The national reputation of bilingual education has never been worse than it is today. Last year a long-gestating revolt in California culminated in the passage of a proposition forbidding mandatory bilingual instruction. Not many people realize, though, that there is at least one type of bilingual education that works: dual immersion.
My daughter and I are proof. Growing up, I attended a private school in Buenos Aires, where I spent half the day learning in English and the other half in Spanish. Different teachers taught every subject in both languages.
My parents saw learning a second language and culture as a great benefit.
I felt the same way about my daughter, who graduated two years ago from a dual-immersion program at a public elementary school on Manhattan’s Upper West Side. She learned all of her subjects in two languages, with instruction by the same teacher, in English and Spanish on alternating days.
Julia is fully bilingual and biliterate — recently she wrote book reports in Spanish and English about “Cuando era puertorriquena” (“When I Was Puerto Rican”) by Esmeralda Santiago and “A Raisin in the Sun” by Lorraine Hansberry.
Traditional, “transitional” bilingual programs were created in the late 1960’s and early 70’s in response to legislation and court orders that required schools to provide an education in a child’s native language. The transitional model was developed in a hurry and without much pedagogical foundation. Unfortunately, it remains in existence in spite of its often spectacular failures.
Dual immersion should replace these transitional programs as the model for bilingual education. Neurological research suggests that the window of opportunity for learning a language is wide open in early childhood.
Immersing young students, including English-speaking ones, in a dual linguistic bath gives them a chance to learn two languages in a country where many barely learn one.
When native speakers of English share a classroom with children who speak other languages — Spanish, Chinese, Korean and French are the most common in the United States — each group learns its second language from peers as much as from teachers. This helps students avoid the ghettoization, terrible for everyone, that is often an unintended but inevitable consequence of transitional programs that segregate speakers of other languages from English-speaking peers.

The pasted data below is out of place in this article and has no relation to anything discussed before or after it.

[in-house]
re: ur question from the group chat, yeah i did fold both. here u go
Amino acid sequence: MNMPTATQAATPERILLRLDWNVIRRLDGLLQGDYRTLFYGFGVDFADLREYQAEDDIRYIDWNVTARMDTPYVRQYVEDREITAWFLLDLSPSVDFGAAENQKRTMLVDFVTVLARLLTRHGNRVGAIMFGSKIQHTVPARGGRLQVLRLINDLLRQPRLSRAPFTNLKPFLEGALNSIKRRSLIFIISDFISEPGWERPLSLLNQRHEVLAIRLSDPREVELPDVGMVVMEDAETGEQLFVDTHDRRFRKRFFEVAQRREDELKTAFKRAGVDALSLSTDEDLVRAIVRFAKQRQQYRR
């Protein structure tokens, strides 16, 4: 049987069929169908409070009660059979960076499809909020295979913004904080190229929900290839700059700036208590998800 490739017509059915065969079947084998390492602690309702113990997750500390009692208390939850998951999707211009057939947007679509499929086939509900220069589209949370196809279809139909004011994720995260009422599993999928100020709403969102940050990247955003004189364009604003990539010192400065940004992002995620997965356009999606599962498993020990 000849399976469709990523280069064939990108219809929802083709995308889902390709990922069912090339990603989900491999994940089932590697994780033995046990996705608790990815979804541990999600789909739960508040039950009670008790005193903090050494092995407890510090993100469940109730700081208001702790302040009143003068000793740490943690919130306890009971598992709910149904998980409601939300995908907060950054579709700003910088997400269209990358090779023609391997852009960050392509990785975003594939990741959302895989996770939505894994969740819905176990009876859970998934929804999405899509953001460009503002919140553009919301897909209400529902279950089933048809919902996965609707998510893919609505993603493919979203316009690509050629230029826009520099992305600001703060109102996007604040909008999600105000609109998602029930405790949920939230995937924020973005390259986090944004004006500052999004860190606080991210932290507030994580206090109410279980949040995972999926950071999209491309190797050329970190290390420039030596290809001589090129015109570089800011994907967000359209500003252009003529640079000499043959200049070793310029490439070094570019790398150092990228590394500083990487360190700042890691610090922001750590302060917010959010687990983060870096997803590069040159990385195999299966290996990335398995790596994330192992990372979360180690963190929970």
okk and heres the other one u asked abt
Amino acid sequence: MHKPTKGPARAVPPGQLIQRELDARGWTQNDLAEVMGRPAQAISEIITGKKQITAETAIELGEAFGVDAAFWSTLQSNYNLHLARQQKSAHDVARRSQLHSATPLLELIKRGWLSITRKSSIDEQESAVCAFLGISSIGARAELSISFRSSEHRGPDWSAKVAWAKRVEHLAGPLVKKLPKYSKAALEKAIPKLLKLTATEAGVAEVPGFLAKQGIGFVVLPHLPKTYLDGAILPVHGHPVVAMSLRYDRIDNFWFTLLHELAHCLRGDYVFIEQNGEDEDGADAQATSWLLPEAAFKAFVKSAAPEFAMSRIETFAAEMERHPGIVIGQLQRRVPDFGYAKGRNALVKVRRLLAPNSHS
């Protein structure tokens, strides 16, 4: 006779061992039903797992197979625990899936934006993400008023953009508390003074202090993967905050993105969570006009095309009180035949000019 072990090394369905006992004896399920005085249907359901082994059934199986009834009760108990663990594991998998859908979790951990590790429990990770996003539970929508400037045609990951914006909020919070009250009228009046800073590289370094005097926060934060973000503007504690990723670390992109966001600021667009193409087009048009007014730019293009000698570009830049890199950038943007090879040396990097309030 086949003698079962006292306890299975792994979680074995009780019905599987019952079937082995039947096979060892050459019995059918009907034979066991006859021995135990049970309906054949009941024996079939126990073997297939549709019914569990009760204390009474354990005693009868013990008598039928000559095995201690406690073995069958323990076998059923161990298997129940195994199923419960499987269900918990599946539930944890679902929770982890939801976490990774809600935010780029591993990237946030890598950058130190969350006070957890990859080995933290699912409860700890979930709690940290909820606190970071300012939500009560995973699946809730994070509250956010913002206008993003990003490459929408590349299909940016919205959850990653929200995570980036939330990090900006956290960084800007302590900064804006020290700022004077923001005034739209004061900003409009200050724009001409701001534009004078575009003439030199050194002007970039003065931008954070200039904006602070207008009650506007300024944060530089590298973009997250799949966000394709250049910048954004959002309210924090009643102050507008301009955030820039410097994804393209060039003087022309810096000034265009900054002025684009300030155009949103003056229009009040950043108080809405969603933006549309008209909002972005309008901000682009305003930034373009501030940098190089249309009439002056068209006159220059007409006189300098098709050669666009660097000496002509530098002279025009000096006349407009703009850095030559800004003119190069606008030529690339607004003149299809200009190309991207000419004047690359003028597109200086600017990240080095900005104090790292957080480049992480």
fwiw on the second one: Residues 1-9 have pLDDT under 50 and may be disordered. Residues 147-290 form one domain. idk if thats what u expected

In dual-language programs, teachers are fluent and work in both languages.
But other models can serve as well — those not bilingual can teach in pairs, with two sets of children alternating between the English classroom and the other language classroom. This approach creates an environment of total language immersion without depending on the availability of qualified bilingual teachers, who are scarce.
In traditional bilingual programs, the teachers either wait too long to expose the children to English or make them abandon their native languages.
They miss the opportunity to build on what the students already bring into the classroom. For a bilingual program to succeed, the two languages must share equal footing in terms of time immersed in each language and student population.
My daughter is among 50,000 students nationally who enjoy this kind of education. According to the latest results of a continuing study by George Mason University, learning in two languages makes for fewer high school dropouts and a better chance for students to get to college fluent in a second language. Great models exist in Chicago, Los Angeles, Miami and Milwaukee, although there are only 18 public dual-language programs in New York State.
Wouldn’t this be a smarter way to spend the Federal and state money that is available for bilingual education? The more dual-language programs there are, the more often we will hear comments like this one, made by an English-speaking first grader in a dual-language program: “If I learn how to speak Spanish, I will have twice as many friends.”
Luisa Garro is a linguist and professor of education at Bank Street College in Manhattan.